Julie Tippetts & Martin Archer
UK DISCUS 41CD (2012)
Prior to hearing this album, I knew of Julie Tippetts only via her past association with husband Keith Tippett’s seminal 1970s Centipede project. (Confusingly, she uses what is the original spelling of Tippett’s name.) I hadn’t realised she was also the Julie Driscoll who, under that maiden-name, had hits in the 1960s, notably a cover of Bob Dylan’s “Wheels on Fire”. Indeed, Tippetts’ biography has a certain fascination in its own right, with connections to luminaries Robert Wyatt and Carla Bley, giants of experimental vocal work like Phil Minton and Maggie Nichols, and even to Rod Stewart, Micky Dolenz and comedian Ade Edmondson. Archer‘s own tastes are similarly catholic; drawing from an original involvement in Free Jazz through to later experimentation with synthesisers and electronics, vocal music, and even Punk. His own Discus label links him directly with mainstays of the improv scene, such as Chris Cutler, Mick Beck, Charlie Collins and Paul Hession. Tippetts and Archer
began their formal association in 2001, working with writer Geraldine Monk on the album Angel High Wires. Since then, there has been a steady stream of releases by the two, the latest being this one, 2012’s Serpentine.
With that title strongly to the fore, the aquatic symbolism runs deep here, and most everything about this album coheres to the submarine. There are watery expositions on rivers and rain, on aquatic animals – both actual and imagined – and much oozing, pumping, drowning and such. The prose is weighted in this way towards passages of intricate cinematic description, sometimes ethereal in tone, sometimes more stridently delivered, even frightening so, and on occasion tough-sounding; with the narrative itself characteristically assuming a gothic, lost in the forest wide-eyed Alice feel, once or twice a little purple at the edges. Tippetts has a truly rich, versatile voice, and is able to effortlessly flit between the soulful and the gospel-esque, onto staccato scat and spooky spoken word. The same liking for imagery, theatricality and melodrama is carried through into her scant instrumentation; which includes such a thing as an amplified doll’s house.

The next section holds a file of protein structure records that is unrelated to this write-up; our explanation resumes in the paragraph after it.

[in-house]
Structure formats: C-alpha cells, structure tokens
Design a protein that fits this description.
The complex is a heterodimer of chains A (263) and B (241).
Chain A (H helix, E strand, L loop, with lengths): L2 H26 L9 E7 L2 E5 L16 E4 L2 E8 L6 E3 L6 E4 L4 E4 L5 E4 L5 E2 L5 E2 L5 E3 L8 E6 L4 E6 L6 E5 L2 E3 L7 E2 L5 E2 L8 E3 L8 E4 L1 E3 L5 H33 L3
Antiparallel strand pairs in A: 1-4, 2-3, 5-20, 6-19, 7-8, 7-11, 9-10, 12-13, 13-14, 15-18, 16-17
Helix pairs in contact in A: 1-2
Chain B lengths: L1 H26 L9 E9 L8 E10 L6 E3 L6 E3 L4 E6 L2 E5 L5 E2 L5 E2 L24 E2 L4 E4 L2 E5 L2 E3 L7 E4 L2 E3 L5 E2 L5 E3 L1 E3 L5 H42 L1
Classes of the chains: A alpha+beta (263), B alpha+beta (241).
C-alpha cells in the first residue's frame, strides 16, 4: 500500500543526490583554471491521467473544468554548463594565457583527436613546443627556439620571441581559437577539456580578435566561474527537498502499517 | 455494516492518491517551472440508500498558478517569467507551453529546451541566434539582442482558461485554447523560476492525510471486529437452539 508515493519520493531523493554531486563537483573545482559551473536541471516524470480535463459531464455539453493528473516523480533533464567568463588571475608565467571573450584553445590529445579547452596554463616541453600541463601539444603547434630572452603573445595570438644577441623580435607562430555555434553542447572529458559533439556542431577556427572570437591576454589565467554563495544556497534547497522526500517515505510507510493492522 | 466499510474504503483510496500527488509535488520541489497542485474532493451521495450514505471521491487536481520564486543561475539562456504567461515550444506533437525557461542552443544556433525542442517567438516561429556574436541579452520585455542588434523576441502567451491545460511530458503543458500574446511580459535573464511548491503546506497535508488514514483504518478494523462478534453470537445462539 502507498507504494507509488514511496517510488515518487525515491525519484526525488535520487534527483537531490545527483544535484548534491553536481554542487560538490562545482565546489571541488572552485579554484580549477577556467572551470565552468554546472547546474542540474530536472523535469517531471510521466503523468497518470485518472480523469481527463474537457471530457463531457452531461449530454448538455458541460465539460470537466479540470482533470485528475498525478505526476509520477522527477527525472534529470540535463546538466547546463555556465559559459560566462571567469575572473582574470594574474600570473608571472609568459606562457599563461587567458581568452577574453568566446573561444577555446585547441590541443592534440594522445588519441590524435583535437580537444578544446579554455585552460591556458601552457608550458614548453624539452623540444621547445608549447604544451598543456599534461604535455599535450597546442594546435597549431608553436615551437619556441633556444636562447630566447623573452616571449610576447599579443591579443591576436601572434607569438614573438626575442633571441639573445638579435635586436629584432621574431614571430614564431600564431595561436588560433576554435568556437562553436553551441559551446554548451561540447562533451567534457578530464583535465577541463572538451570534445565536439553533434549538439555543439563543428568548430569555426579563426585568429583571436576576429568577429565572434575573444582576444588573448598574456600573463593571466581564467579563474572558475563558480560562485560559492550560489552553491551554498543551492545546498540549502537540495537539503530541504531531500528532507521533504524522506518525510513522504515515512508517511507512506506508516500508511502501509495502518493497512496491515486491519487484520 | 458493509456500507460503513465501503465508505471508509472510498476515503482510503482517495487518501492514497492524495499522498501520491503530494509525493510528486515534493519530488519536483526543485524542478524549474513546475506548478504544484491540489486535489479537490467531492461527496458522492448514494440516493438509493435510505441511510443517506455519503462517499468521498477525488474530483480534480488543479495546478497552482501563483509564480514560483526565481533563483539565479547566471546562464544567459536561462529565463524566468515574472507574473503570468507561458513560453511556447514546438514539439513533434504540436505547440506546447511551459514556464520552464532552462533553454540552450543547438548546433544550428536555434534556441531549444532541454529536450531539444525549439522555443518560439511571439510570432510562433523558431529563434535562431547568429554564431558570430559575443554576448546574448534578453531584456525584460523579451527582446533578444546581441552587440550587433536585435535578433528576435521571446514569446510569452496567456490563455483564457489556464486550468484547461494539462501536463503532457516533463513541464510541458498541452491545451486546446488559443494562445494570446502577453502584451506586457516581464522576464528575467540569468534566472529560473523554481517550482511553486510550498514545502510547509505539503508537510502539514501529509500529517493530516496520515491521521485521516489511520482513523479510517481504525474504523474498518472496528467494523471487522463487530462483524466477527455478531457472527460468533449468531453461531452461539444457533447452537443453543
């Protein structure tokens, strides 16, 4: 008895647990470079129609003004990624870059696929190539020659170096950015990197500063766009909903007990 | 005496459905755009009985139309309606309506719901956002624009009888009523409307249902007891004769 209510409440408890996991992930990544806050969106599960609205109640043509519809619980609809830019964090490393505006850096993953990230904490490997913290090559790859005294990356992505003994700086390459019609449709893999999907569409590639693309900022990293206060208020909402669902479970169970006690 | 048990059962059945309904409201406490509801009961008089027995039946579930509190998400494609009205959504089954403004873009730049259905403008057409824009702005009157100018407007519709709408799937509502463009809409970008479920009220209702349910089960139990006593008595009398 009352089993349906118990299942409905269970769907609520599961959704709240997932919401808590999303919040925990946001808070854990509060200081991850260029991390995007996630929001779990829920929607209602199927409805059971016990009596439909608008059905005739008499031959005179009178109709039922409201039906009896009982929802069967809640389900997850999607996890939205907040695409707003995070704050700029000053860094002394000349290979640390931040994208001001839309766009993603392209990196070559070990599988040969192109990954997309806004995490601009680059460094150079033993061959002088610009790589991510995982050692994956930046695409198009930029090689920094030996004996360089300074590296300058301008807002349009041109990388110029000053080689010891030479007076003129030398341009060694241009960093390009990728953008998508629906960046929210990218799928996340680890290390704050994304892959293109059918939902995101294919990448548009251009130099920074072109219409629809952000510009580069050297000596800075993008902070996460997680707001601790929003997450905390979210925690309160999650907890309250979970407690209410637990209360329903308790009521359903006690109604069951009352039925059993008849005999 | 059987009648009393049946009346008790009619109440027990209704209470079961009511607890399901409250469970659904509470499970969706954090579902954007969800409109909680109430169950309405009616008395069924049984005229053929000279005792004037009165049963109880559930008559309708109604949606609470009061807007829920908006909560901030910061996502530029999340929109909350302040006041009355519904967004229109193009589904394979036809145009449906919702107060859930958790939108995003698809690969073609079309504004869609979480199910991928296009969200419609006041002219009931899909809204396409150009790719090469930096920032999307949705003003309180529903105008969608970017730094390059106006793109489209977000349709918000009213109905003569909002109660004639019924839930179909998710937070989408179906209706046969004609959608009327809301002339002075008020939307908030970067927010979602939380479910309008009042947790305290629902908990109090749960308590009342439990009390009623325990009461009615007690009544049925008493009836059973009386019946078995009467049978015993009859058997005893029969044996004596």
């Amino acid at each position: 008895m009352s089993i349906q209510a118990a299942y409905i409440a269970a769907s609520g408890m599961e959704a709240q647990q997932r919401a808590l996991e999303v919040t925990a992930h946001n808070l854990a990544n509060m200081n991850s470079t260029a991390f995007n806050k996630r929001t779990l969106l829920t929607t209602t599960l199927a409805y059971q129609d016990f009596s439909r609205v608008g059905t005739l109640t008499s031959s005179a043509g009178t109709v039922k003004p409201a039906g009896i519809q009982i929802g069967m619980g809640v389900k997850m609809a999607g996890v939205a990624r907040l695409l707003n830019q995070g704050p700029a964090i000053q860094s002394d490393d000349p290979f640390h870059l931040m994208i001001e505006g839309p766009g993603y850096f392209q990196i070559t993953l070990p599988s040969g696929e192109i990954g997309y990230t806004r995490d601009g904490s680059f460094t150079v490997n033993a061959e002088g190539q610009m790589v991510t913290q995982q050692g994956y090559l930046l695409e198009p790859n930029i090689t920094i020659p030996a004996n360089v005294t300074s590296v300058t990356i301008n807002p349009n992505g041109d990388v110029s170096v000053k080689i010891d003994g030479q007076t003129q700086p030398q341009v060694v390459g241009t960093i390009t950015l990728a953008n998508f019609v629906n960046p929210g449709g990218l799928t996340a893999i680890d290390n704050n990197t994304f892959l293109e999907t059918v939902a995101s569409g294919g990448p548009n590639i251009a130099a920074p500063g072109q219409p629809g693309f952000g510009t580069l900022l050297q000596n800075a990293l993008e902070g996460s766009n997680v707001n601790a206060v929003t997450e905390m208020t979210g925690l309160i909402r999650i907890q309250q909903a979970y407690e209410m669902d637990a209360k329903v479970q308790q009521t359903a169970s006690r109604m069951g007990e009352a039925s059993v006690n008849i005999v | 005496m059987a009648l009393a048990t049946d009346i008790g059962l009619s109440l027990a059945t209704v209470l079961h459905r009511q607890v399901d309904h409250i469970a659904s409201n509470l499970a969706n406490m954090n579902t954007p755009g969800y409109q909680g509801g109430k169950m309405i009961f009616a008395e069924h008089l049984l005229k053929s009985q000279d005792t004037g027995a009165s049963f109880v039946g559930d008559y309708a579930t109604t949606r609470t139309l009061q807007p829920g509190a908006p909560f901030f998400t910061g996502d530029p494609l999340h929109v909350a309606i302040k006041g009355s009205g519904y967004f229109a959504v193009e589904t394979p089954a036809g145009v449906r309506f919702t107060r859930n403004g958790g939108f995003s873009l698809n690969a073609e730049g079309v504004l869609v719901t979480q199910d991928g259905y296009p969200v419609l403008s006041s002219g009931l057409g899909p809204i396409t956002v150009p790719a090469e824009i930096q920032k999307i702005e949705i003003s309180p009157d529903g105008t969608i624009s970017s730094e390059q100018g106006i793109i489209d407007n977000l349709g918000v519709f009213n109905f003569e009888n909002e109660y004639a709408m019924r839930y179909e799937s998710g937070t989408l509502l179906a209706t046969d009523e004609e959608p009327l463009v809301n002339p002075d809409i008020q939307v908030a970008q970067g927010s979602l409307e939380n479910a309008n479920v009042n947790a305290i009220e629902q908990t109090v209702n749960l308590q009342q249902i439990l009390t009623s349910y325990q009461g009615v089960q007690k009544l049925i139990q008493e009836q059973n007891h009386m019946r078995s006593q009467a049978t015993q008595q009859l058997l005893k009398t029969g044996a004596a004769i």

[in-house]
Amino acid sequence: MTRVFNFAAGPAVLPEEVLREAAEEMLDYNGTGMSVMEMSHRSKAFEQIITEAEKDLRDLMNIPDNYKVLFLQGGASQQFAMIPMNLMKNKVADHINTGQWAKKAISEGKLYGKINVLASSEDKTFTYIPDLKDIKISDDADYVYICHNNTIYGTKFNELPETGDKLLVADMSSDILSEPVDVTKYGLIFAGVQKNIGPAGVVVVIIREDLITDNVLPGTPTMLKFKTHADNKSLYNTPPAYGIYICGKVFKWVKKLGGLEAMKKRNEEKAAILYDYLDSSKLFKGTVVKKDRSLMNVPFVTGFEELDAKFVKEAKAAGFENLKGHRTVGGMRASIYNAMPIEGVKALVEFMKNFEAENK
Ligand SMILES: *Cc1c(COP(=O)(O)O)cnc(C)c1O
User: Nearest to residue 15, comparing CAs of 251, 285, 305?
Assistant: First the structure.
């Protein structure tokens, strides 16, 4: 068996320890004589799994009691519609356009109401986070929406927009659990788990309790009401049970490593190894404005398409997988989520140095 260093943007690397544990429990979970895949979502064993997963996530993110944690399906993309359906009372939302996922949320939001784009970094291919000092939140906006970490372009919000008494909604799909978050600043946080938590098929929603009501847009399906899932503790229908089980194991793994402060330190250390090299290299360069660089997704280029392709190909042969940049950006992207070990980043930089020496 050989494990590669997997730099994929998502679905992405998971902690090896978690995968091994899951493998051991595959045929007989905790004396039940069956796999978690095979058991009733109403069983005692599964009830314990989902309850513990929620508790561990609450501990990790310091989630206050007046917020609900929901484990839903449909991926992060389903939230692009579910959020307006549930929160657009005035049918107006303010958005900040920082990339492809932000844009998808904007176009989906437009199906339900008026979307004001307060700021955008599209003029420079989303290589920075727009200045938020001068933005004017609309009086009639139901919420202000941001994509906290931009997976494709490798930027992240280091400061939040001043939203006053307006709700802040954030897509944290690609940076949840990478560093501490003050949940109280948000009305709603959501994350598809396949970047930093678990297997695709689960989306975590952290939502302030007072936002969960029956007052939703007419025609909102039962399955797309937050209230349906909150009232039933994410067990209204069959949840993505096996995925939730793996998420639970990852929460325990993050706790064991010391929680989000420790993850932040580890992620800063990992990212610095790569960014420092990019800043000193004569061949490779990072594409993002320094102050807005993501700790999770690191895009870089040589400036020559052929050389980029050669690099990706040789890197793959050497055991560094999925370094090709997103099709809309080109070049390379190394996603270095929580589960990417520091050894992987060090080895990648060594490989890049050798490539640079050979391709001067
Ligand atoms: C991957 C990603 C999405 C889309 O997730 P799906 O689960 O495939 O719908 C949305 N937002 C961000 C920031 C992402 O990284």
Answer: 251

Archer and a small band of guest musicians handle the bulk of the music; offering a wide-range of moods and attitudes. I hear shades of Portishead and Broadcast; at times, I was put in mind of things like “Horse Latitudes” by The Doors. There are, too, arresting flashes of squonky sax, perhaps nearest to John Surman, as well as Fusion-esque guitar, a few hints at Rockabilly and Dub, some Indie Rock stylings. Such grooves strategically and intelligently punctuate Tippetts’ introspection, offering sites of tension and release, adding to the drama. Archer’s studio-craft is superb throughout.
The overall effect for this listener is of a kind of drowse in the very best sense. The work as a totality is successfully immersive, dense, contemplative; one is invited into a discrete, private world, both lyrically and in terms of its soundcapes. Tippetts and Archer have, of course, a laudable, hard-won wealth of experience to pull upon between them. This isn’t the Scott Walker of Tilt through to Bish Bosch, nor is it the David Sylvian of Manafon. But it likely comes from something of the same place, in wrestling with the self-same compositional, in fact generational and psychological, challenge of how to make, as it were, grown-up Pop music. The intentioned avant-gardism of Walker is truly out there, of course; and thus in that sense it is effectively delimited. Tippetts and Archer tread a finer line in patronising the song-form more keenly, and this results in something like where Pop could have ended up if the commitment to progress and experimentation hadn’t been abandoned. A follow-up, Vestigium, is to be released later this year.